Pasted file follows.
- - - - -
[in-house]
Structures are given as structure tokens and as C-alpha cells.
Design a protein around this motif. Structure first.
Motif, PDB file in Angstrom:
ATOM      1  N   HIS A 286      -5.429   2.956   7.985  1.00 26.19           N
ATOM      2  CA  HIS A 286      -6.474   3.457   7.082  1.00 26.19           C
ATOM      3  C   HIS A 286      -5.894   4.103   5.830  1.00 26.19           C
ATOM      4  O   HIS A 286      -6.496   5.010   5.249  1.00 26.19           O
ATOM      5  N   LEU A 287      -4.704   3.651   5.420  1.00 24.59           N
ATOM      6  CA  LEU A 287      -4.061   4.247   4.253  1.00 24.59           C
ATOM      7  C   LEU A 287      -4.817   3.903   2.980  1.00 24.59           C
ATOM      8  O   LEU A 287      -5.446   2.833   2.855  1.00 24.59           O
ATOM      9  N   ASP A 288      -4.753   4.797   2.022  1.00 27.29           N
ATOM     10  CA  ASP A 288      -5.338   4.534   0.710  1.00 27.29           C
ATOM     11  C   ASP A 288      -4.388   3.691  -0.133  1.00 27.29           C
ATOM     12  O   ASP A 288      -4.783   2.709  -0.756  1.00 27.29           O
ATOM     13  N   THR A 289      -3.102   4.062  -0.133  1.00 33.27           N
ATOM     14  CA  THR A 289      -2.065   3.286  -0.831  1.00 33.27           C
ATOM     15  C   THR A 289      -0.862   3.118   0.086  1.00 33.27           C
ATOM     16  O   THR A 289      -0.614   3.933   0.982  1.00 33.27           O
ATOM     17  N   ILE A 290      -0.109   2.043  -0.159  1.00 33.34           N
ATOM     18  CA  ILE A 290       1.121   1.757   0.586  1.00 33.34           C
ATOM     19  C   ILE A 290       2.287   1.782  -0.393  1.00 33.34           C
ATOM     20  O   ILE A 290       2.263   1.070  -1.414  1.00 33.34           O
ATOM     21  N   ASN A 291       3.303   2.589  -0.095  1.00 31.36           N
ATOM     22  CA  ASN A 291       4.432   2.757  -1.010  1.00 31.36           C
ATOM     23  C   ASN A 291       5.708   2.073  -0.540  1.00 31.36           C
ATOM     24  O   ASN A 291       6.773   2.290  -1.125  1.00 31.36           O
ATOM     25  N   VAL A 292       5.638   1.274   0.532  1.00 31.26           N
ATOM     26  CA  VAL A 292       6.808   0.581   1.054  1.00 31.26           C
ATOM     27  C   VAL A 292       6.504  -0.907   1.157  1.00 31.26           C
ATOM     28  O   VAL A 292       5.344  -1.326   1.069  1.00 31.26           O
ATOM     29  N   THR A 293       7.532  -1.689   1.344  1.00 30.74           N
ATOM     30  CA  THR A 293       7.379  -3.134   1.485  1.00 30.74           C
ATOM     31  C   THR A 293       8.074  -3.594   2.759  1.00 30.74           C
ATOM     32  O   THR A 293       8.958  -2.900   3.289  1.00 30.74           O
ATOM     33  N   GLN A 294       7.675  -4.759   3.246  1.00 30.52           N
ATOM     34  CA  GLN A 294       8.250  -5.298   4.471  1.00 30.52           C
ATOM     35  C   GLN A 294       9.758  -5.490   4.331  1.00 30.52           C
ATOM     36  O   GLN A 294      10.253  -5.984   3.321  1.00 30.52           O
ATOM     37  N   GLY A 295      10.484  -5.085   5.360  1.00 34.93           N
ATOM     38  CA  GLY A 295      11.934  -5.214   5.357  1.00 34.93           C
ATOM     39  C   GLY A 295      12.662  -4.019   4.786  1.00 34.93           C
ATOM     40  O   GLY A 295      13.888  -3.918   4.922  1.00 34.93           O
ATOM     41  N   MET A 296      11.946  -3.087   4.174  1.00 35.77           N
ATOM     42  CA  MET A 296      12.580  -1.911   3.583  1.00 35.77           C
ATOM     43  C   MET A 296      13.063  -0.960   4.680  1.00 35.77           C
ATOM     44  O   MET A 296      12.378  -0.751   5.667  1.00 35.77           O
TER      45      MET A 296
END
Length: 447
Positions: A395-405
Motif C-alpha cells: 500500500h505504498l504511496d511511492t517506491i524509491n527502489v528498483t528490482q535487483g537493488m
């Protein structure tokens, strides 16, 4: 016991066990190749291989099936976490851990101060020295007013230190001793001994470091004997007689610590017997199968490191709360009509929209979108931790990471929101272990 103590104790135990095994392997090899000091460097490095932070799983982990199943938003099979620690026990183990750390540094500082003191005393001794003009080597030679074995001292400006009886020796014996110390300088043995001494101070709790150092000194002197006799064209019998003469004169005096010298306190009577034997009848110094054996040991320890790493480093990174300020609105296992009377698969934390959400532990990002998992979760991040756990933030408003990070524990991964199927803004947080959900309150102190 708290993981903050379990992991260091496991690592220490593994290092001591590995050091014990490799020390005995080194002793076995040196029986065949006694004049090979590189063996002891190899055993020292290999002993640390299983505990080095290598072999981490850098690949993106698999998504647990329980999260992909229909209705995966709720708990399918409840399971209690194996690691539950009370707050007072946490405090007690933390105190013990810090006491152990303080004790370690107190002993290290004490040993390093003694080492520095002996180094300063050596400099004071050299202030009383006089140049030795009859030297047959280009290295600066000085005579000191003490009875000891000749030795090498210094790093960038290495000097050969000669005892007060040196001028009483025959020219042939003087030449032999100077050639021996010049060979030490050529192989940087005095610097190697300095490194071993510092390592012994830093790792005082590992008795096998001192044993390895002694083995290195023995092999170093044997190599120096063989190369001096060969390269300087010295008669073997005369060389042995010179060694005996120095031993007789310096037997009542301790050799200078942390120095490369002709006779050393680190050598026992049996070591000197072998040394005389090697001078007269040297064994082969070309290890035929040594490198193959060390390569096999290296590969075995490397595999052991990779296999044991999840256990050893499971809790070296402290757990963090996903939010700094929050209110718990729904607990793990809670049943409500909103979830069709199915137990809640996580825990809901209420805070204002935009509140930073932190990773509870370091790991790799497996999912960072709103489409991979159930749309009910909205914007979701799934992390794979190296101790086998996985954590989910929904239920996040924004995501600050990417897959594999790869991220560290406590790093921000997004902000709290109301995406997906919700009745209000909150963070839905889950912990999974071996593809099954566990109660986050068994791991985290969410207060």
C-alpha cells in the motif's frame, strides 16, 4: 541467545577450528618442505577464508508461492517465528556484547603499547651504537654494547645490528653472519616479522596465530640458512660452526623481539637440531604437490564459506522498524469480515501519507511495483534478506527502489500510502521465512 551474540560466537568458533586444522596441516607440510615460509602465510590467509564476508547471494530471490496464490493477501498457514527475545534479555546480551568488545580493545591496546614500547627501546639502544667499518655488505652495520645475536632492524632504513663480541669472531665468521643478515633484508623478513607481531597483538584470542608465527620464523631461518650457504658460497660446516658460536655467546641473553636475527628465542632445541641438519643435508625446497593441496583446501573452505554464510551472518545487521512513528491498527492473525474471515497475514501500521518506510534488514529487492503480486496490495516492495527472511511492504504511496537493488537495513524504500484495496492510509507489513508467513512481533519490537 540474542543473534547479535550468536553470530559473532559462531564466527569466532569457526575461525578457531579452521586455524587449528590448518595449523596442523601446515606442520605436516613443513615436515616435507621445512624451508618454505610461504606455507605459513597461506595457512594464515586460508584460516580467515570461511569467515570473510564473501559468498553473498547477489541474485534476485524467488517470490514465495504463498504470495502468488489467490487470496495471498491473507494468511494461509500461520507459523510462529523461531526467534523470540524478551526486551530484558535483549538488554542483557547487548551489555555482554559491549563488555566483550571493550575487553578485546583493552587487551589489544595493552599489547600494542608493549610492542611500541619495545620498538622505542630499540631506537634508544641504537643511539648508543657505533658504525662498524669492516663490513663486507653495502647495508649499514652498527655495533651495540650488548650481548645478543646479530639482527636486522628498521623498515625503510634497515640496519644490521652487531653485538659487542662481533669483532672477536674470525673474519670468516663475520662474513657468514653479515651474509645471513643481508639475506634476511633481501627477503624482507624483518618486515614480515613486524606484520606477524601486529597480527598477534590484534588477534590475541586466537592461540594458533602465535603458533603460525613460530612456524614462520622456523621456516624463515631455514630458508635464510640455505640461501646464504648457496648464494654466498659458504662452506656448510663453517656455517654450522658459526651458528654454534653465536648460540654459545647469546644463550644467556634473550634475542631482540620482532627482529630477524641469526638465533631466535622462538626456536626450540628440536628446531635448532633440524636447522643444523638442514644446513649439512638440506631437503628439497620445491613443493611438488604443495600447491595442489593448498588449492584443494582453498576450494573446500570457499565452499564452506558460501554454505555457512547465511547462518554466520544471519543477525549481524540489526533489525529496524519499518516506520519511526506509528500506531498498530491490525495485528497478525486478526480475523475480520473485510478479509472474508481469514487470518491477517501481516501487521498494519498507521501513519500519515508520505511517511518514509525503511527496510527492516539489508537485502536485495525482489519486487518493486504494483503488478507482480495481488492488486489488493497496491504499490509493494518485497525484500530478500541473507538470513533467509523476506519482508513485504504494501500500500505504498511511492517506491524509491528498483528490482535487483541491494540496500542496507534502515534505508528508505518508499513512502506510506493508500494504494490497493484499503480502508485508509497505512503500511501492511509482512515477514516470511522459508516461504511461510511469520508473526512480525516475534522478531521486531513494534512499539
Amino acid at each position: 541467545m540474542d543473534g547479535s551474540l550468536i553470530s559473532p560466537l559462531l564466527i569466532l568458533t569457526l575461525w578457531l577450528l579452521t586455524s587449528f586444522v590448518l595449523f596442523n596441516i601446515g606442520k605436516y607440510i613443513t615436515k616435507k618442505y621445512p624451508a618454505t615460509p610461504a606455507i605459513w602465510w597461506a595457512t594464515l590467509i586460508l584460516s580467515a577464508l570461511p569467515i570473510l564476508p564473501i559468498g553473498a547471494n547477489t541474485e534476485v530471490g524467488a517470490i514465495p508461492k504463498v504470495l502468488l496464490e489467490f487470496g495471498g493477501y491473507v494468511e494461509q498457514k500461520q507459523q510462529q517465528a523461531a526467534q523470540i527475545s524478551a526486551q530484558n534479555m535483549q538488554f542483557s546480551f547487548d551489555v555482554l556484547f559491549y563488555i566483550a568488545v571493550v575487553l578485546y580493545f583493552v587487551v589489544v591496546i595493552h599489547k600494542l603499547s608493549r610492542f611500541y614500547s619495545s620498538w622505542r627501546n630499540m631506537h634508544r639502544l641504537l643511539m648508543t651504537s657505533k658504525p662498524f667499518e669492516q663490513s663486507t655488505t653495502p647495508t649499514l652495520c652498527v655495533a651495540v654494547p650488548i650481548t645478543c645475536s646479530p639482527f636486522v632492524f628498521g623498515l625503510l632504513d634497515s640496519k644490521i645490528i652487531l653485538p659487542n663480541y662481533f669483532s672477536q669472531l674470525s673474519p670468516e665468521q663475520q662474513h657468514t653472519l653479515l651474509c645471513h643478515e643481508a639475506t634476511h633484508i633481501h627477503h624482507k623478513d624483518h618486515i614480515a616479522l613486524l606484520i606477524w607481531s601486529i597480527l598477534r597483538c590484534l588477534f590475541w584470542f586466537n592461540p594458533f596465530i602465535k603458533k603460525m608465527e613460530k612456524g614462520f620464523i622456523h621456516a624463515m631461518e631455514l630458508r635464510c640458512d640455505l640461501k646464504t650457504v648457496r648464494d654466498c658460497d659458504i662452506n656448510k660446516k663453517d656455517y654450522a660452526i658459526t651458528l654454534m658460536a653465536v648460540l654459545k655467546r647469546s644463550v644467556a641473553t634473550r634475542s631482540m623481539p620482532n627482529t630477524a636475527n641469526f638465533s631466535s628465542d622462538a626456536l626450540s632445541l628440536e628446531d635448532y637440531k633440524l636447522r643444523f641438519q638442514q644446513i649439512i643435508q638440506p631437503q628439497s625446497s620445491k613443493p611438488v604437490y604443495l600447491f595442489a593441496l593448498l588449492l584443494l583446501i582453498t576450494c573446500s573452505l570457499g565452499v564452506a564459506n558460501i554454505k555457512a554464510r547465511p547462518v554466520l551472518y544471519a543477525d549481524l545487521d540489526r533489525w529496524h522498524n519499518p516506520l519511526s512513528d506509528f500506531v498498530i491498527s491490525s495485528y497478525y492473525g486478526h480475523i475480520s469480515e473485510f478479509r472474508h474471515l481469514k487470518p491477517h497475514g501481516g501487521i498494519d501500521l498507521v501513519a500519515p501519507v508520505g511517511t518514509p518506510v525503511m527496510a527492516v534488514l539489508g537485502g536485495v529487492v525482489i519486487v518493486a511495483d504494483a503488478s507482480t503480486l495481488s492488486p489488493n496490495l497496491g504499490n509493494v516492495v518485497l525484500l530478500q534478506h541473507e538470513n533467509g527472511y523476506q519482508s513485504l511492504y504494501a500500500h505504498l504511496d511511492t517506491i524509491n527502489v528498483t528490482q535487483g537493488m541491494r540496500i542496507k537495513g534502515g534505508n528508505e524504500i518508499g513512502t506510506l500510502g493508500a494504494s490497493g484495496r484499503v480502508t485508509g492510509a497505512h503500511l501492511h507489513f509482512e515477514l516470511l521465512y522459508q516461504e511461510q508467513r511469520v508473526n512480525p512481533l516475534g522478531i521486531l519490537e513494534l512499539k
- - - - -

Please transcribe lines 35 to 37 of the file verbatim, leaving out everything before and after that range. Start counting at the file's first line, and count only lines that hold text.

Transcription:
ATOM     31  C   THR A 293       8.074  -3.594   2.759  1.00 30.74           C
ATOM     32  O   THR A 293       8.958  -2.900   3.289  1.00 30.74           O
ATOM     33  N   GLN A 294       7.675  -4.759   3.246  1.00 30.52           N